Tuesday, March 24, 2015

A French Twist

Re-entry after Singapore has not been as difficult as I feared -- at least, not so far. I slept soundly on Sunday night and again last night, and yesterday at work I was only mildly tired. Maybe we weren't gone long enough to hugely alter our biorhythms.

Have I mentioned that I'm taking a French class? Starting in April, on Saturdays, for three hours, I'll be at the Alliance Fran├žaise learning how to progress beyond "Un cafe, s'il vous plait?"

We'll see how it goes. I'm supposed to meet an instructor there after work today to be "assessed" so they can fit me into the proper class. When I applied, I was asked to write a short paragraph in French introducing myself. Apparently I did well enough that they want to find out how much I can speak. But if my "assessment" is a conversation, it'll last about 30 seconds before I hit my limit. My problem is, I know a lot of words -- a byproduct of living two years in Morocco -- but I have no idea how to fit them together and I really have no idea about grammar and tenses and that kind of thing.

I'm also very, very rusty. I have used only basic "Cafe French" on our recent trips to Paris.

I would love to learn how to really speak it -- and now I'm in an environment where I can. There are French speakers all over the school, and we're close enough to France that anytime I want I could pop over there and practice. I'm not saying it will happen, but why not try? I can only get better.

Besides, now that Bleeding London is coming to a close (theoretically) I'll need another weekend hobby!

(Photo: Edgeware Road, North London)


  1. Learning French will be wonderful I'm sure; especially if you are surrounded with people with whom you can converse!!
    Good luck.
    I'll be a little bit sorry to see the end of Bleeding London, I've enjoyed all your photos connected with the project.

    Ms Soup

  2. My mother supposedly could speak French but I never heard her. It always disturbed me though that she called me Mer-dee, I suppose because my little brother called me Mer.
    Even I knew that merde means shit.
    Keep taking pictures!

  3. Good for you! I'll be sad to no longer hear of Bleeding London or see those pictures but French is a great thing to focus on, especially where you are. Love the little shop in this photo, very colorful. Have you patronized it?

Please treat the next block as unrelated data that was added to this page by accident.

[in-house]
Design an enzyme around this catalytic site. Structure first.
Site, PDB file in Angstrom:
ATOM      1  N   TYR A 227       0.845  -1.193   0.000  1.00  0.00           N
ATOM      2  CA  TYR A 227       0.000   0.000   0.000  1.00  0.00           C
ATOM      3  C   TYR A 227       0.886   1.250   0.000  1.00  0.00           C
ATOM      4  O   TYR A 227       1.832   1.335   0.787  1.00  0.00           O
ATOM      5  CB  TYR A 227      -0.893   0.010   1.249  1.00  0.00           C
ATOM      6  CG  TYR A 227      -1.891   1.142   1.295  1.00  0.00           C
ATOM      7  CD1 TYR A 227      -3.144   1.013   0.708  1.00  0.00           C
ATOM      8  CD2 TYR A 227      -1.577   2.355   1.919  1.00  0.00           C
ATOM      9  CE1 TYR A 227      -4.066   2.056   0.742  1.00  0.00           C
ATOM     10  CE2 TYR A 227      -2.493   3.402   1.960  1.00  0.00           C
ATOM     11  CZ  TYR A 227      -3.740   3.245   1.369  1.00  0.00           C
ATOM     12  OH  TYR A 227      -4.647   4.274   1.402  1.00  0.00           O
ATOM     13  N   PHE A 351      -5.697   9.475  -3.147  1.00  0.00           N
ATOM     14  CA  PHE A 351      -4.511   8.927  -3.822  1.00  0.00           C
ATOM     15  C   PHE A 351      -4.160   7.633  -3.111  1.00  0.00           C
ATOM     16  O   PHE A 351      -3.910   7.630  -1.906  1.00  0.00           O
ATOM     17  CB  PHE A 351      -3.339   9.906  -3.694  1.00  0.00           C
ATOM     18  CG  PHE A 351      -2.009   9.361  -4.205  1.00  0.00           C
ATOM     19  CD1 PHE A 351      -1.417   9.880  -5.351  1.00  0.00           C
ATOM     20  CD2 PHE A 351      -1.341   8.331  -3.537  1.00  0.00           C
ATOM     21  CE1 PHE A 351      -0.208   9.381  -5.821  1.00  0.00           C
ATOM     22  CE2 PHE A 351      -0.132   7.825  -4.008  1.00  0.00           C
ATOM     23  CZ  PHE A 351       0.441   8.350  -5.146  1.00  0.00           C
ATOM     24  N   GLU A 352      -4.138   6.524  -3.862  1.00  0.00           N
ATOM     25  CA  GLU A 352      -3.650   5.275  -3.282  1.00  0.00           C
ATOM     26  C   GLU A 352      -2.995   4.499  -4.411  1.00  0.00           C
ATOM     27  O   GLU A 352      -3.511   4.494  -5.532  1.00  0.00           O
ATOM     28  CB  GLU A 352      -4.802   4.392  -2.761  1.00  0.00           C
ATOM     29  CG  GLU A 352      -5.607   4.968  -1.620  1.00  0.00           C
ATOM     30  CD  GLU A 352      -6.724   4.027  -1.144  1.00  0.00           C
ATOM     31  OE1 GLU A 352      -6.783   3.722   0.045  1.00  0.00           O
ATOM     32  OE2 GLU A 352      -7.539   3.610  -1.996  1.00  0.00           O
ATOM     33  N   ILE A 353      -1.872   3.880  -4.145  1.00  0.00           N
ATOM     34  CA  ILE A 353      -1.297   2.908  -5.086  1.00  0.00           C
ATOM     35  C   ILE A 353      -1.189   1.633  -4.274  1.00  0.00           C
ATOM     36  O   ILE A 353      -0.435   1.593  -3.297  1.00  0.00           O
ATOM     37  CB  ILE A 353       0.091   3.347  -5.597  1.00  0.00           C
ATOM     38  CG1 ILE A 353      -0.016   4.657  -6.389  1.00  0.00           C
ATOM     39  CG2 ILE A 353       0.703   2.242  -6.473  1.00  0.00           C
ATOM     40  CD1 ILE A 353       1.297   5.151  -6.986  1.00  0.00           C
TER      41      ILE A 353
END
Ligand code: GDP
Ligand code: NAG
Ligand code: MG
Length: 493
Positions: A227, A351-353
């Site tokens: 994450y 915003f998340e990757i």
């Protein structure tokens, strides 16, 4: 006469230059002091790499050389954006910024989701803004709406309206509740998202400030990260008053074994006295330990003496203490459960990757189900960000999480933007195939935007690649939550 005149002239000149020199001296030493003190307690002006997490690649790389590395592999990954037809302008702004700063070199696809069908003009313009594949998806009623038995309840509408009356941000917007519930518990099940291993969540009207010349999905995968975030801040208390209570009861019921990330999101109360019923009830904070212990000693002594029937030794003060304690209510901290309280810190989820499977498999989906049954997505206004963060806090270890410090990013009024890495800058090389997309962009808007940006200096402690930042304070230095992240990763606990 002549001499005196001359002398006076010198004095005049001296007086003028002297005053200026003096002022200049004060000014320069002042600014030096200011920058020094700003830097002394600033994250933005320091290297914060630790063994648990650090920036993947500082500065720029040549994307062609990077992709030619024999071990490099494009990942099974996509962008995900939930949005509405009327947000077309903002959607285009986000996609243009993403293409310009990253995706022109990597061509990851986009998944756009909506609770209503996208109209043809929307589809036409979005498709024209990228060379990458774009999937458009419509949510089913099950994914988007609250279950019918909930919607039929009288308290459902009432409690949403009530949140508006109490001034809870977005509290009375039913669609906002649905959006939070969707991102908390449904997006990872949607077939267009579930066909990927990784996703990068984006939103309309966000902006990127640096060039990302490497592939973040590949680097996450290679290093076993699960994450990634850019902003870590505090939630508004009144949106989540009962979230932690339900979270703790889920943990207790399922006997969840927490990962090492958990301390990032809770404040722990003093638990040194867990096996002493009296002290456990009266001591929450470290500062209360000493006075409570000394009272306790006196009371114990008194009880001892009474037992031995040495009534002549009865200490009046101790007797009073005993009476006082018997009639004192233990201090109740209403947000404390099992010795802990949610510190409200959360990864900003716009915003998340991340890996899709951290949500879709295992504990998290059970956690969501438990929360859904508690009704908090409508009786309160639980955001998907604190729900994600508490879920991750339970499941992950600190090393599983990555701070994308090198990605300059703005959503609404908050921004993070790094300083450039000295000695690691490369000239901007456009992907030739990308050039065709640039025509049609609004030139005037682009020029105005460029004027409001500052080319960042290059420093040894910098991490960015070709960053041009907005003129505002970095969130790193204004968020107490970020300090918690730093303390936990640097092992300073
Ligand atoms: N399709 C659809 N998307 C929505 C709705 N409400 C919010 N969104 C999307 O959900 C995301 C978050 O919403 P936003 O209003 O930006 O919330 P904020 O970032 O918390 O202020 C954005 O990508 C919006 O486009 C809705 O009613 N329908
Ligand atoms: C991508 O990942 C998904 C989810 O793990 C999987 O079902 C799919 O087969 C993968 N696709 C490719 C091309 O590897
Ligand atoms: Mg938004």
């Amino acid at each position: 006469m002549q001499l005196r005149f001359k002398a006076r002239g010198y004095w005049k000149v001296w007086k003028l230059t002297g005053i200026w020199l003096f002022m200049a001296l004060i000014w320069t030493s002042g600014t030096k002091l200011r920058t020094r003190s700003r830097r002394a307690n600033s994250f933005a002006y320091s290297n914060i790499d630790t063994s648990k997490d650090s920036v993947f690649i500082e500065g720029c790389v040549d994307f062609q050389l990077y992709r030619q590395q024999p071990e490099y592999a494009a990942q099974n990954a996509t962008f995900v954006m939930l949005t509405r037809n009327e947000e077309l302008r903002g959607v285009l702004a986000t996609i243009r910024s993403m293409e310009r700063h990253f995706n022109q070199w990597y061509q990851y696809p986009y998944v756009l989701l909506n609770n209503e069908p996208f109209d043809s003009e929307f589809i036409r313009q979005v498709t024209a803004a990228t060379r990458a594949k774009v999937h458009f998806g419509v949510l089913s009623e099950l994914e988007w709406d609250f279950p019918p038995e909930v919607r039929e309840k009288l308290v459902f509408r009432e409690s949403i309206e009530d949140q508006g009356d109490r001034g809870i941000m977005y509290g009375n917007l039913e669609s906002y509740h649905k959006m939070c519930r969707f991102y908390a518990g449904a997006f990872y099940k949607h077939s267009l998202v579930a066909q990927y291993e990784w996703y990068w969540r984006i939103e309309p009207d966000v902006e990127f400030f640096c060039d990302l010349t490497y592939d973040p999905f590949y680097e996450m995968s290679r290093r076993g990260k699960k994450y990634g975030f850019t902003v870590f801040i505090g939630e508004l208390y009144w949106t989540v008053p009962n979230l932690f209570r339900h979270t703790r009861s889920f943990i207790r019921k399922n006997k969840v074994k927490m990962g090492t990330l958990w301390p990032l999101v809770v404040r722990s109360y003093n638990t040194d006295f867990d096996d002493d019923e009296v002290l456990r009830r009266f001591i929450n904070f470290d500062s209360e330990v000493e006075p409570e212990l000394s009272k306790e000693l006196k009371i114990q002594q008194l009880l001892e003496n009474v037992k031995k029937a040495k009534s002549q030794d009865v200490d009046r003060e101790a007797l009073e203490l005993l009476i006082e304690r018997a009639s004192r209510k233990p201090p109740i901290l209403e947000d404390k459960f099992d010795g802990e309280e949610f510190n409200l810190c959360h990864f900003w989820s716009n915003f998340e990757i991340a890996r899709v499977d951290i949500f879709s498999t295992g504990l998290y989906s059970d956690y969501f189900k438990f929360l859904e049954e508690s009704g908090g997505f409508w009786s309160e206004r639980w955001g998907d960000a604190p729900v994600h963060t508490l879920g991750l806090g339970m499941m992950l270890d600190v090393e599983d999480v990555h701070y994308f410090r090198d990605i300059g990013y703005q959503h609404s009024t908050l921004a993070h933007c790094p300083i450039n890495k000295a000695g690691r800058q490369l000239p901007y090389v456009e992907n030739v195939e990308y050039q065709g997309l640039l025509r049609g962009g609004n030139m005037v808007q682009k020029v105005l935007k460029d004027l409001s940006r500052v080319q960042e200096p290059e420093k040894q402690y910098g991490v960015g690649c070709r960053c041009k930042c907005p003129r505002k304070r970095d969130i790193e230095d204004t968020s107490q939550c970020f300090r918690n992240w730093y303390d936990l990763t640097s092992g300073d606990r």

BTW, I will probably not go on Saturday...the parade route is full of potential problems and parking is a bear at the best of times...

    Thanks again for your e-mail.

  4. spanish would be my language of choice to learn to speak fluently. I have a very rudimentary grasp of the language but can only converse (and that's putting it optimistically) in present tense.

  5. Sounds like a great opportunity to me. If was living there I think I would give it a try. However, I think they would have to put me in the beginner's beginner class.

  6. Good for you for learning French! Back at my old church I wanted to learn Spanish (the church was bilingual), but I couldn't conquer my innate desire to not do anything :)

  7. Ms Soup: Don't worry. Plenty of photos to come! :)

    Ms Moon: That IS a curious nickname, though I'm sure she meant it as a funny double-entendre. (If she even realized what "merde" meant.) Nonetheless, I'd be disturbed too!

    E: I didn't eat at the shop, no. Chip shops are notoriously unhealthy, full of fried foods as they are. They're England's version of fast food! Sorry you have to miss out on Saturday. :(

    Ellen: Spanish makes sense where you are! (Actually, anywhere in the U.S.)

    Sharon: It's funny how much you absorb just by traveling. You might be surprised!

    Bug: Do it! They key, I think, is having people to practice with and talk to. If you have that through church, it's a great opportunity!